I simply don’t have the desire to keep up with the information in this format. Where is the compilation? The structure? The easy to find information? Nowhere to be found by the company that is actually producing the title. What makes it perhaps the most damning is that the value of the information varies wildly from one video to the next with bits of different information scattered throughout. If I wished to keep along in this fashion, I still wouldn’t know how valuable that time watching would be until I actually watched the whole video; by then it’s too late and I have certainly lost a certain level of interest to stay up to date.

Resident Evil 2

Conversely, Resident Evil as a franchise is one that I adore and have fond memories of playing through the ages. It is the type of franchise that I have played over and over again and one that I would certainly subscribe myself to being a hardcore fan of. The Resident Evil 2 remake has been a long time coming for Capcom, especially considering that it was announced three years ago:

For a fairly extensive time, the game remained behind closed doors with little to no information being revealed. That was until a few months ago where the game’s trailer was shown at E3. Finally, this is when information began to pick up and Capcom opted to start showing off different changes to the gameplay through, again, a series of videos. Some would include how sections changed from the original, new mechanics, and what people can look forward to. But this was all spread out in different outlets, at different times, and all covering a slightly different aspect.

Here we have a video focusing on the initial changes at the start of the game and how the flow changes just through general gameplay. Followed not too long by a promo that shows Claire for the first time.

This promo not only exists as a promo but also as an announcement for how Clare will look in Resident Evil 2. And once again, not too long after, Capcom showed more pictures of how Clair will look in the actual game.

At this point, we are still at least 4-5 months away from release, and we have already begun to see the signs of a drip-feed release. A little gameplay here, a picture there, a promo over there, all coming together to fill in the picture of what Resident Evil 2 will look like. Again, there is no sign of a cohesive “This is Resident Evil 2 Information” if you are just a passerby or only interested in the franchise. If you wanted to see how Claire looked (if you even knew to look for it) in the game, you would have to go dig for that information and keep up to date with the constant slow feed of information to stay up to date.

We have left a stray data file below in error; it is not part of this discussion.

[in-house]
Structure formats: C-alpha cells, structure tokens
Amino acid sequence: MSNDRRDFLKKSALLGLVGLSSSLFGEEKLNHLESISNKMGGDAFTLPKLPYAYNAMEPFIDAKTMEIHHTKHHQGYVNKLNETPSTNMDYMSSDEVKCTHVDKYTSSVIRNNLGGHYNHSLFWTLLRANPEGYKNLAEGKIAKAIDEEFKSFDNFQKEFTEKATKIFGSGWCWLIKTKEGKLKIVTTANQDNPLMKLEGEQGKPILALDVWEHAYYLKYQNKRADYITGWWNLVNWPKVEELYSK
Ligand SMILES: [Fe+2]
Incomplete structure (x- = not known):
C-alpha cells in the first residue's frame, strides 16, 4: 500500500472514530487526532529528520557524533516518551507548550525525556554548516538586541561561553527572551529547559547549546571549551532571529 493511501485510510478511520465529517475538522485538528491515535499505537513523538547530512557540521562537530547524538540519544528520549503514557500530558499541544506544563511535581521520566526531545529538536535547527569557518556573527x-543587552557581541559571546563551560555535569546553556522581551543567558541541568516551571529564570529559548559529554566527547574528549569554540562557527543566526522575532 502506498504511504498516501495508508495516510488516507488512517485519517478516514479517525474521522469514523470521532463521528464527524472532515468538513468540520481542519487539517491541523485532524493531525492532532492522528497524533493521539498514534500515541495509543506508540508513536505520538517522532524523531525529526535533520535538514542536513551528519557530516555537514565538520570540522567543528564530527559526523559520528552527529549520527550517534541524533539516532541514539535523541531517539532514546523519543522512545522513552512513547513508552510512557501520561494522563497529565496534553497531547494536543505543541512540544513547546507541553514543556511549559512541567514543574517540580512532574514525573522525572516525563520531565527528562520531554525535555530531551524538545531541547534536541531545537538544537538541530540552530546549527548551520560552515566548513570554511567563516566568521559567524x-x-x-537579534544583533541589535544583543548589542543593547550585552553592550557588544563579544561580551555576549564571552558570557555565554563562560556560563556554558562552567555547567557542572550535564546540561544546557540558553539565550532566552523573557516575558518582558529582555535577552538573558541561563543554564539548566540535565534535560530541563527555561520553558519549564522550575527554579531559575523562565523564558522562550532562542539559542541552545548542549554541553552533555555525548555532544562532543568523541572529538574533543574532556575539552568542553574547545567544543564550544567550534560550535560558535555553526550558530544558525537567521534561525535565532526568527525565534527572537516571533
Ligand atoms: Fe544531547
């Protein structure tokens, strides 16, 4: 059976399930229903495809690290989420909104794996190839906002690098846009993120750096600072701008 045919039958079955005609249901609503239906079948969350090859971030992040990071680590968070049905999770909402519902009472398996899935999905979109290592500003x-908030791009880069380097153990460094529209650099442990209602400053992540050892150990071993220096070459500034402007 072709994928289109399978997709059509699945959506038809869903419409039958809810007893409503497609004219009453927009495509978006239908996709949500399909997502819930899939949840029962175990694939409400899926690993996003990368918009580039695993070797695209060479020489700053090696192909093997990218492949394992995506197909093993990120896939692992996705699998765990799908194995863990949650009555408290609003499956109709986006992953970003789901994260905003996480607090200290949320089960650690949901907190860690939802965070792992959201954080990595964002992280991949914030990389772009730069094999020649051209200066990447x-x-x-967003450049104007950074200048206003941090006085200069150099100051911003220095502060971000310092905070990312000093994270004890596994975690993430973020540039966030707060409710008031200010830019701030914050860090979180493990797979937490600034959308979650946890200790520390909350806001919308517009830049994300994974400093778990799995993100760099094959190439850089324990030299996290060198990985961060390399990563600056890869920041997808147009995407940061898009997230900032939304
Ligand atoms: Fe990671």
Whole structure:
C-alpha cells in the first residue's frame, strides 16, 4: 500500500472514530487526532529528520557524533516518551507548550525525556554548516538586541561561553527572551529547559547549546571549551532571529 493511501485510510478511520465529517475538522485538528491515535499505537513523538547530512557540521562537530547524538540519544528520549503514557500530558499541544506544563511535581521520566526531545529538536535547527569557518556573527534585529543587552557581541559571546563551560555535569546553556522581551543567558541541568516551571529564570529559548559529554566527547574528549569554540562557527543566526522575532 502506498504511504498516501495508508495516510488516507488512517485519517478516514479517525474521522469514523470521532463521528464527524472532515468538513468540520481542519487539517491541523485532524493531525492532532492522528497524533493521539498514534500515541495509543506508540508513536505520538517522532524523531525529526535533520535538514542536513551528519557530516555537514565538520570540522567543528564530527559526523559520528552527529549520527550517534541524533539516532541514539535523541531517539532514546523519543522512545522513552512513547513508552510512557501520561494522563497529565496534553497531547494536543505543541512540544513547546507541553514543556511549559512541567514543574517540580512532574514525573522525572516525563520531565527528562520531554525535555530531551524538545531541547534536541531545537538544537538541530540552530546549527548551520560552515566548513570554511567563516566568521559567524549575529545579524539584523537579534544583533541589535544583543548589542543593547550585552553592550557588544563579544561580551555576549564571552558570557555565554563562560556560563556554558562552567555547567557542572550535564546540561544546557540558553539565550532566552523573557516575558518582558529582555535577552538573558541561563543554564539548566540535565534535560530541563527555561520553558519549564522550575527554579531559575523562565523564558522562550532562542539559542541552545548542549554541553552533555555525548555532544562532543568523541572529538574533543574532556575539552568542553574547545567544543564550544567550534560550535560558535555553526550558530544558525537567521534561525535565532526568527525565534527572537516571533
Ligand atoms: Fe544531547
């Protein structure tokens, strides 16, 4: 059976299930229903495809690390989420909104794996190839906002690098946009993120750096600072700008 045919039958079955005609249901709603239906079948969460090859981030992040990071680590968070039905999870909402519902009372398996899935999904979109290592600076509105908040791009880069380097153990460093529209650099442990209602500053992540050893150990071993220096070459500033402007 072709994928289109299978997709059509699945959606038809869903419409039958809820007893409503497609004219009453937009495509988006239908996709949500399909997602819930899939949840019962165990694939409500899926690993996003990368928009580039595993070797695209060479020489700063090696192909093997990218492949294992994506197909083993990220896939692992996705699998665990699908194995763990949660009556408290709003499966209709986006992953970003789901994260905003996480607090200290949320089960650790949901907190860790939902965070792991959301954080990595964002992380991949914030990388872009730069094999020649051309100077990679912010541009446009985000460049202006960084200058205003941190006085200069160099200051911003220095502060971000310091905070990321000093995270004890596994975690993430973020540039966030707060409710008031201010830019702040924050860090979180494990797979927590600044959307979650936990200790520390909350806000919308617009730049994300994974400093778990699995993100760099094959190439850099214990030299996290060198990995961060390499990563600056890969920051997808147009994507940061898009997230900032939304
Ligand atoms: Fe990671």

As a hardcore fan of the franchise, this information to me is fantastic. It gives me something to look forward to for a game I am already excited for and making an effort to stay up to date on. This slow release of tiny bits of information works because I am already committed to a point where I know what came before and am looking forward to what is coming up.

Conclusion

The drip-feed release only works when committed to keeping up to date with a franchise or upcoming game. If you are not, the information gets lost in the sheer amount of other game news that comes out on a daily basis. If you are simply someone interested in a franchise, there is simply no easy method provided by the developer to find out all the information one may want when looking for information on a game. Instead, they have presented these small tidbits of information that is going to push away everyone except the hardcore fans of the franchise.

This is the main problem with the drip-feed release, information is spread too thin that only those who are most invested can follow. If companies hope to have information available and ready for those interested in an upcoming title to consume, it needs to be presented in a cohesive and easy to understand system. Spell out what the content is for and make it as extensive as it needs to be so you don’t alienate your less invested fans. Otherwise, they risk simply spending their time elsewhere.